Raleigh, NC – August 29, 2012 – With final Stage 2 rules for satisfying Meaningful Use requirements issued by The Centers for Medicare and Medicare Services (CMS) last week, several of these initiatives focus on the predominant theme of patient engagement. The first in a series of three issue briefs from TeleHealth Services examines the role patient education is currently playing in hospitals, and how improved patient engagement will help hospitals better achieve meaningful use requirements.

As the debate about achieving meaningful use continues, many hospitals already are using patient education, engagement and interactivity tools to increase compliance and understanding, enhance care coordination, measure service responsiveness and improve clinical outcomes. These outcomes include reduced readmissions, better post-discharge planning and improved patient-satisfaction ratings. However, even though these practices are proving beneficial to patients, their families and hospitals’ bottom lines, they often are not properly coordinated or tracked, nor are they provided needed resources.

According to Diane Moyer, president of the Health Care Education Association (HCEA), a national non-profit, multi-disciplinary professional organization of healthcare educators, most U.S. hospital systems are not flexible enough to capture all the required patient data without extensive documentation by clinicians and time to find and review the notes across disciplines.

“Therefore,” Moyer explains in the brief, “valuable information is often not easily or automatically retrievable, is not connected to a primary resource like an electronic medical record, and is not shared among those educating the patients. This disconnection includes gaps involving patient education and discharge information, particularly as they relate to inpatient and outpatient care.”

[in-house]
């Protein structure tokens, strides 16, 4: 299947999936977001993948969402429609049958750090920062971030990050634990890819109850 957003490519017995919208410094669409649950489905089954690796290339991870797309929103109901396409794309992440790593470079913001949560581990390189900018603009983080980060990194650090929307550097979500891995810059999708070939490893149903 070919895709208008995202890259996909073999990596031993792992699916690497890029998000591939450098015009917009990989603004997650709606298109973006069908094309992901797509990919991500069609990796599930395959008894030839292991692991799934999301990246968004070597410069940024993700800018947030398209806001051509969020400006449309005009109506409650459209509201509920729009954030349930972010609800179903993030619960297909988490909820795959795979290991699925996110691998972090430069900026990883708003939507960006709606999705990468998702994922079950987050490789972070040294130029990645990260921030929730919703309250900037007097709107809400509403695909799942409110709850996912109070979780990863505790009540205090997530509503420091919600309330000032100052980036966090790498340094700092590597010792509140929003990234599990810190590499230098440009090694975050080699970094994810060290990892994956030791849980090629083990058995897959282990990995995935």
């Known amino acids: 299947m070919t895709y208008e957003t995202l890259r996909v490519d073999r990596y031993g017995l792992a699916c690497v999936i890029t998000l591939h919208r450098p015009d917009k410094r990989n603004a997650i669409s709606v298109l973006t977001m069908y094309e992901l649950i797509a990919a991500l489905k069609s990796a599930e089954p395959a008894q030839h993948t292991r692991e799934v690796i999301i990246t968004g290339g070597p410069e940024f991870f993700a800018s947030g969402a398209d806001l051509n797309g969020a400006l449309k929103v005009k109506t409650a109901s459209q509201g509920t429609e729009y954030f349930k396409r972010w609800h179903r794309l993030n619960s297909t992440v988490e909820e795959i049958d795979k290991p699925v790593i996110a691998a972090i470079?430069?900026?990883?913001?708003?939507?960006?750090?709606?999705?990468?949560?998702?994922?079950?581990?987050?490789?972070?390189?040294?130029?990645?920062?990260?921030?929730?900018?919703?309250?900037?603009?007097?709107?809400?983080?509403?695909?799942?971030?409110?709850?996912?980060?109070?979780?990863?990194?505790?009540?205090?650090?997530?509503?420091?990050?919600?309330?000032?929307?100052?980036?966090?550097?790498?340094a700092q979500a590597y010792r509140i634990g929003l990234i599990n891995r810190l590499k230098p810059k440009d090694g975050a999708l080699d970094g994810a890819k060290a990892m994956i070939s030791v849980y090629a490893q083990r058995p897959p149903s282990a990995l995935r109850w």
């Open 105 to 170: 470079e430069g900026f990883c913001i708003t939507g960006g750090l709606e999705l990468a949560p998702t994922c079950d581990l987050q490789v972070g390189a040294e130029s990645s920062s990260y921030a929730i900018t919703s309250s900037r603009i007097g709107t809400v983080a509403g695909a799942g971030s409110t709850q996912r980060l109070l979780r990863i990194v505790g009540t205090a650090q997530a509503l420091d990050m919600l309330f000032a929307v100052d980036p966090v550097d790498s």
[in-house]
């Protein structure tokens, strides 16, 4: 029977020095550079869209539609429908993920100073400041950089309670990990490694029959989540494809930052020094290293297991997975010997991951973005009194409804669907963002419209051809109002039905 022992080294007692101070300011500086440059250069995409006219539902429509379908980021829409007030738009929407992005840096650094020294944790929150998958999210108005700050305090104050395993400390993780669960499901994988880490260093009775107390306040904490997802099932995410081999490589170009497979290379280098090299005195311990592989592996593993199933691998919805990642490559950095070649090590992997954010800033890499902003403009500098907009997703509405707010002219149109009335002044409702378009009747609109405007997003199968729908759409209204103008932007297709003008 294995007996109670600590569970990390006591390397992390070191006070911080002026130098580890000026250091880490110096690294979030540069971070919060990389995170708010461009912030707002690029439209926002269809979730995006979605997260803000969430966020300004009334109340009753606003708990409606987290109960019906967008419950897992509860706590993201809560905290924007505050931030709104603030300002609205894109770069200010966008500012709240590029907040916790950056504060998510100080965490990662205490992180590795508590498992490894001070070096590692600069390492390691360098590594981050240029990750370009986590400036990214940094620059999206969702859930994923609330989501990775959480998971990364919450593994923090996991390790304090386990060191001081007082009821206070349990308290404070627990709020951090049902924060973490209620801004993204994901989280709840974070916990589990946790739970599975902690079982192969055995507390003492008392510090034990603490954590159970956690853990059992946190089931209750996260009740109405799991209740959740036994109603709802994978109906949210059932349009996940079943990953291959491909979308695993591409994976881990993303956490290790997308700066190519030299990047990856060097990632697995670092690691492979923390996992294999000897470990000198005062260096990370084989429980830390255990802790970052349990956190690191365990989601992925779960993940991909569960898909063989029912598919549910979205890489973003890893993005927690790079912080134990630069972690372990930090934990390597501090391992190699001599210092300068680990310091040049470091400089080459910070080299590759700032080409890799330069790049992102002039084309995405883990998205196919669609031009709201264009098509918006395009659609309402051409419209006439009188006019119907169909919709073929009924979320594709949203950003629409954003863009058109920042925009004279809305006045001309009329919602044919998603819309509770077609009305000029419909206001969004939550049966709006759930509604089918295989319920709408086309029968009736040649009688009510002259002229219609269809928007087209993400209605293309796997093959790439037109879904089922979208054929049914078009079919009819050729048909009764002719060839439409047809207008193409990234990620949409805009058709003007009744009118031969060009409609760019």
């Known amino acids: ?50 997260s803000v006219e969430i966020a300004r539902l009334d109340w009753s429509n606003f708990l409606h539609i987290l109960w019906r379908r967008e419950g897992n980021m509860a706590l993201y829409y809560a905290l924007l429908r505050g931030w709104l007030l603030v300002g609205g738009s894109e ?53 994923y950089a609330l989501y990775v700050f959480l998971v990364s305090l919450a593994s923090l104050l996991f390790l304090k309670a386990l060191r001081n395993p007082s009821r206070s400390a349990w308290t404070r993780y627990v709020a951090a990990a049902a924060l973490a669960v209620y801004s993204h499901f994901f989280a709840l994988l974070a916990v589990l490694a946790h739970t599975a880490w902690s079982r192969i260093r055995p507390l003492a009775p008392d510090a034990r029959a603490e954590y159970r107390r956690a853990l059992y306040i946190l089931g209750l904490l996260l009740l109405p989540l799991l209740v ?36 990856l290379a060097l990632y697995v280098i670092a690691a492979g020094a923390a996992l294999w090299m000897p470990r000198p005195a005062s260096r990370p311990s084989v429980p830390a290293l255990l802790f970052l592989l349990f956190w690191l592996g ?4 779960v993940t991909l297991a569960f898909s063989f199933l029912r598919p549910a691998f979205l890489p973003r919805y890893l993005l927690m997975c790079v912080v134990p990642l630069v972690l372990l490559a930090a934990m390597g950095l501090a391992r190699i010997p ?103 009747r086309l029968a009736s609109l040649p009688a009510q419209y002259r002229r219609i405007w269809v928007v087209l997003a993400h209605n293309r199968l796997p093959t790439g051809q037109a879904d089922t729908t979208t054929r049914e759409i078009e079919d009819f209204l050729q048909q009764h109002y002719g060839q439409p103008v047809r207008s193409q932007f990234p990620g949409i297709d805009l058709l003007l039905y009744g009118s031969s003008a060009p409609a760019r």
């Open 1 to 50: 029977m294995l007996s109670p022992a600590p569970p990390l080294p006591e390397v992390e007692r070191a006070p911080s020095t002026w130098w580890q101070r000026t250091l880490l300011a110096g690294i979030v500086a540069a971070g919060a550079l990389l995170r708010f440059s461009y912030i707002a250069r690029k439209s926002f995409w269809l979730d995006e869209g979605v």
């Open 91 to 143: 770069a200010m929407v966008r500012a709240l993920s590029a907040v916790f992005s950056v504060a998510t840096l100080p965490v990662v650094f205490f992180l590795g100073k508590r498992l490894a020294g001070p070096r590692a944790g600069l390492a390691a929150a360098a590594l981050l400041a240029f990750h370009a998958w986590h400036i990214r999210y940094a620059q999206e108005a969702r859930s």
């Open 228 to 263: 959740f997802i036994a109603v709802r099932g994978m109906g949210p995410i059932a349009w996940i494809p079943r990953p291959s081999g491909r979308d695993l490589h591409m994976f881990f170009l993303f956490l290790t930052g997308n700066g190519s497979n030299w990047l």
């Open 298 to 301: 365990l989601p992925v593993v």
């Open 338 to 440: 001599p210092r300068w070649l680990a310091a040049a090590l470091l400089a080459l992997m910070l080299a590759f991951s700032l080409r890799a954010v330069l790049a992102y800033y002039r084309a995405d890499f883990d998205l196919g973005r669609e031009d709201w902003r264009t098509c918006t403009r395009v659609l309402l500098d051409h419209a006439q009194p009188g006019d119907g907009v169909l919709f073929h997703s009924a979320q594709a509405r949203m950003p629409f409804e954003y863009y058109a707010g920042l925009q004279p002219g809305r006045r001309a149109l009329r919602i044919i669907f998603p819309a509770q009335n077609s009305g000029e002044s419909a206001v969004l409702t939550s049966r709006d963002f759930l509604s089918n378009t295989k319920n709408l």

Beyond improved clinical outcomes and patient satisfaction, the incentive currently driving meaningful use is the government subsidies for implementing the technology and compliance changes. Although compliance is currently primed through financial incentives, non-compliance in the future will be penalized in the form of withheld reimbursements for hospitals, healthcare organizations and physicians who fail to achieve meaningful use in the required timeframe.

“Solving these critical patient-care and cost issues – as well as the new challenges being addressed through healthcare reform –  requires a comprehensive, efficient, and collaborative effort between medical providers, hospitals, technology service companies and state and federal government,” says TeleHealth President and CEO, George Fleming. “There is much to accomplish, and much that has already been achieved. As we move forward following the recent landmark Supreme Court ruling on healthcare reform, we want to embrace best practices, introduce new and smarter tools, and discuss far-reaching, patient-focused solutions with all relevant parties.”

This article, written by Jodi DeMarco, TeleHealth’s Interactive Brand Manager, examines these topics more closely, and subsequent articles will include interviews with hospitals that are making significant progress with patient education, multi-cultural communication tools and healthcare technology. It’s available for free download at http://www.telehealth.com/.